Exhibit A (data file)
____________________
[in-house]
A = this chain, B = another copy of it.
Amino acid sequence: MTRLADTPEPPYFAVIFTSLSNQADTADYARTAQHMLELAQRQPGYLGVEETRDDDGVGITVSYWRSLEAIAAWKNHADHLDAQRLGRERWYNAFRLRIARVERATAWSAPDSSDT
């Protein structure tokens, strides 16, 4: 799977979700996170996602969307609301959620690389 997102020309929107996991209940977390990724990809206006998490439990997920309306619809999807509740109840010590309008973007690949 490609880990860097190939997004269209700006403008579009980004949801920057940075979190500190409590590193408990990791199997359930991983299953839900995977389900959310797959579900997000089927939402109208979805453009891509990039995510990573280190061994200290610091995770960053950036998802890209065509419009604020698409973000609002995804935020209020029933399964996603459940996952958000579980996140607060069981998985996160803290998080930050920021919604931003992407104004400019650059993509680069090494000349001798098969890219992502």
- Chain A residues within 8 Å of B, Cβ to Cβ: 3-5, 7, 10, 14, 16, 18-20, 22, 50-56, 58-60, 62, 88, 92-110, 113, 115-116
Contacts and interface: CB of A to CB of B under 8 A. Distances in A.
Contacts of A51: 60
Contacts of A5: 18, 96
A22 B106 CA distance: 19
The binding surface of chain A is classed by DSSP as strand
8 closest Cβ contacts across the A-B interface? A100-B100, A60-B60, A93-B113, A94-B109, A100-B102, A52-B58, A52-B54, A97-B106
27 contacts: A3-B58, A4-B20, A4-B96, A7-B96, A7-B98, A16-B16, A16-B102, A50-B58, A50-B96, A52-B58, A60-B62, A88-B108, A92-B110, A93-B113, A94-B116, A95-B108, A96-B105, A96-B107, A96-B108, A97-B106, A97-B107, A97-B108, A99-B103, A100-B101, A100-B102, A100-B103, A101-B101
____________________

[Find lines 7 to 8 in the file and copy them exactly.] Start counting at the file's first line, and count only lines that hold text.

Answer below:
Contacts of A51: 60
Contacts of A5: 18, 96